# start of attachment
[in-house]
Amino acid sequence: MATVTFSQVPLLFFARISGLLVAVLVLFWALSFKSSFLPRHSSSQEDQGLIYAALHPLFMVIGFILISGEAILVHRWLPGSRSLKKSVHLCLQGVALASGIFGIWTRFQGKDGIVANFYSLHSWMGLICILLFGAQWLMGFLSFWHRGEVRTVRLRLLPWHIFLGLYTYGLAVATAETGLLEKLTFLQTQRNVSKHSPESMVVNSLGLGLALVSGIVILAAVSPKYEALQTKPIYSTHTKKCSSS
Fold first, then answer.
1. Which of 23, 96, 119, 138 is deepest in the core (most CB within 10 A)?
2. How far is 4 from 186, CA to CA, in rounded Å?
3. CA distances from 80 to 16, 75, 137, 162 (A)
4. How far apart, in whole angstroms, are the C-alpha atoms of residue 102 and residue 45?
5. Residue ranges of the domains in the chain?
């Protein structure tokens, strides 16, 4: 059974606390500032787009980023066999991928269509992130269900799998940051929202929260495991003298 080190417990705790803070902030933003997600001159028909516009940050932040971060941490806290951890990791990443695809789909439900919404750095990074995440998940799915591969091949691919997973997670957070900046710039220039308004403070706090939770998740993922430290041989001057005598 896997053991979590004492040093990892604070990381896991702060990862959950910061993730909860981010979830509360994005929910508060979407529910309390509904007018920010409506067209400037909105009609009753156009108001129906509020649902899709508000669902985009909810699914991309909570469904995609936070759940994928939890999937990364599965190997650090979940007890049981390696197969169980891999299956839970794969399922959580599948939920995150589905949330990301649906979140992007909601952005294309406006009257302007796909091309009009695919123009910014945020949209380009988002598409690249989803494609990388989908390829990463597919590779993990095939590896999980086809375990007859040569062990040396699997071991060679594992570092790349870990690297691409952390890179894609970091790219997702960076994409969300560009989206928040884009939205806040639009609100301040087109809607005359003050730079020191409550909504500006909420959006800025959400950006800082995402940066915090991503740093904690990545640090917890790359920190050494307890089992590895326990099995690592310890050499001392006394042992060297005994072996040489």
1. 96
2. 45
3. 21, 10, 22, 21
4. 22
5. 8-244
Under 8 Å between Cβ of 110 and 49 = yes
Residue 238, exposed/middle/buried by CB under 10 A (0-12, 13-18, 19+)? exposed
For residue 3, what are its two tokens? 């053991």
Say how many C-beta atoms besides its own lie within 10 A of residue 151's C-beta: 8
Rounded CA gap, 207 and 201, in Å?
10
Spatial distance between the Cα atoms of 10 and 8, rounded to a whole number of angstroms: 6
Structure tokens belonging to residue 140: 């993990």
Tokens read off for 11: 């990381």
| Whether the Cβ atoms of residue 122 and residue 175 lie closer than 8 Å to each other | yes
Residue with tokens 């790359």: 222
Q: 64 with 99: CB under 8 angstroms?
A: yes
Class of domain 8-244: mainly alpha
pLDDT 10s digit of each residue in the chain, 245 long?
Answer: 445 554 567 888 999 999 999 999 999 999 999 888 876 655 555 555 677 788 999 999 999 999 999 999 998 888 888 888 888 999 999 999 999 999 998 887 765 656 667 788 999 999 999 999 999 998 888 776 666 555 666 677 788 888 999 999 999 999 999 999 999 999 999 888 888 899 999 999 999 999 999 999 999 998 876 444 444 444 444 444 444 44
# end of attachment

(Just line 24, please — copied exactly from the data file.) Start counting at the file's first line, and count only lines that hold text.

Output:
| Whether the Cβ atoms of residue 122 and residue 175 lie closer than 8 Å to each other | yes